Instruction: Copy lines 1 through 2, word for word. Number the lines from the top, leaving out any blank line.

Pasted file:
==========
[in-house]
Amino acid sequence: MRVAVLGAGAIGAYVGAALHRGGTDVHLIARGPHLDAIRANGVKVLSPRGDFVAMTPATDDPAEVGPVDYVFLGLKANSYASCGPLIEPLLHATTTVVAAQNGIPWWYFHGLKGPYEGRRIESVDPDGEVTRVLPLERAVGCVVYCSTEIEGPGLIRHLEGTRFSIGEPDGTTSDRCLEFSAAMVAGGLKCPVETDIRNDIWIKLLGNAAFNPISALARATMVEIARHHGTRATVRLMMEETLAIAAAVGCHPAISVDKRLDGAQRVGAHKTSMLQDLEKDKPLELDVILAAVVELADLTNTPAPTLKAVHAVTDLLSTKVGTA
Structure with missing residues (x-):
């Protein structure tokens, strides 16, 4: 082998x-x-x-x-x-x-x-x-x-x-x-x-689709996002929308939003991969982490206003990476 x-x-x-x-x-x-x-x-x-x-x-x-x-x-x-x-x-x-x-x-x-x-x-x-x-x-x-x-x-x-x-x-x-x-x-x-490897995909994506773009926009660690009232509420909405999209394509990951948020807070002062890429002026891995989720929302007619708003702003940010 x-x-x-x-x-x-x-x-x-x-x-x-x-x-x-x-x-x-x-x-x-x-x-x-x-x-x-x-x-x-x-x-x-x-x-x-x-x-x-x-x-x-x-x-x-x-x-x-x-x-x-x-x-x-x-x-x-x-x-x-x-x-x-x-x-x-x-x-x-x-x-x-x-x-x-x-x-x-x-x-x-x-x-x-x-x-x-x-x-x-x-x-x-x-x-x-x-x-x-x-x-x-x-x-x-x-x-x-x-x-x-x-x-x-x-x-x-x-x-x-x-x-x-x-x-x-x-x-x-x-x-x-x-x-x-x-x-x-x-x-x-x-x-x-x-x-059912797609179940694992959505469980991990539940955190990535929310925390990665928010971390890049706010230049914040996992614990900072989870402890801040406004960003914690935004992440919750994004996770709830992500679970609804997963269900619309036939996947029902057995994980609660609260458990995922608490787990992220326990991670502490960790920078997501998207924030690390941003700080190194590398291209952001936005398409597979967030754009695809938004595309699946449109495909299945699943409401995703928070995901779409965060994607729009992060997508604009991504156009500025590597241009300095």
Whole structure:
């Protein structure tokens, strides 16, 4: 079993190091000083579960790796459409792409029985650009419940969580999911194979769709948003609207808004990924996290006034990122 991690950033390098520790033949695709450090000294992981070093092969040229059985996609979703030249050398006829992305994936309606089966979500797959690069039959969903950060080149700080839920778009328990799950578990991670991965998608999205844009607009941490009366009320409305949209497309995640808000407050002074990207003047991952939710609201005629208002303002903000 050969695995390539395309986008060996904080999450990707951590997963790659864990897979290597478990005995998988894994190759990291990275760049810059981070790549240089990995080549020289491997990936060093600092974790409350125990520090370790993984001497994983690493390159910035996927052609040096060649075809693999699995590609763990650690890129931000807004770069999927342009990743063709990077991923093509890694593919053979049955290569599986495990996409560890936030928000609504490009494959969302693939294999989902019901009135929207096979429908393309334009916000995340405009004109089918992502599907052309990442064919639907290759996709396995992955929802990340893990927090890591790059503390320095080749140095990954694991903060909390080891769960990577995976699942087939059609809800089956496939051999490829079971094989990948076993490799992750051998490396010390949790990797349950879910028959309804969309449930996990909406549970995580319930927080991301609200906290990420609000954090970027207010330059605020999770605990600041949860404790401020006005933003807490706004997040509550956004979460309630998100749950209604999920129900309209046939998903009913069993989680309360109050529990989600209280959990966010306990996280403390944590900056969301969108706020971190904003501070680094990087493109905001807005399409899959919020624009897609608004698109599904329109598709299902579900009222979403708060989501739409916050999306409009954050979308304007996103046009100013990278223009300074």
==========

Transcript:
[in-house]
Amino acid sequence: MRVAVLGAGAIGAYVGAALHRGGTDVHLIARGPHLDAIRANGVKVLSPRGDFVAMTPATDDPAEVGPVDYVFLGLKANSYASCGPLIEPLLHATTTVVAAQNGIPWWYFHGLKGPYEGRRIESVDPDGEVTRVLPLERAVGCVVYCSTEIEGPGLIRHLEGTRFSIGEPDGTTSDRCLEFSAAMVAGGLKCPVETDIRNDIWIKLLGNAAFNPISALARATMVEIARHHGTRATVRLMMEETLAIAAAVGCHPAISVDKRLDGAQRVGAHKTSMLQDLEKDKPLELDVILAAVVELADLTNTPAPTLKAVHAVTDLLSTKVGTA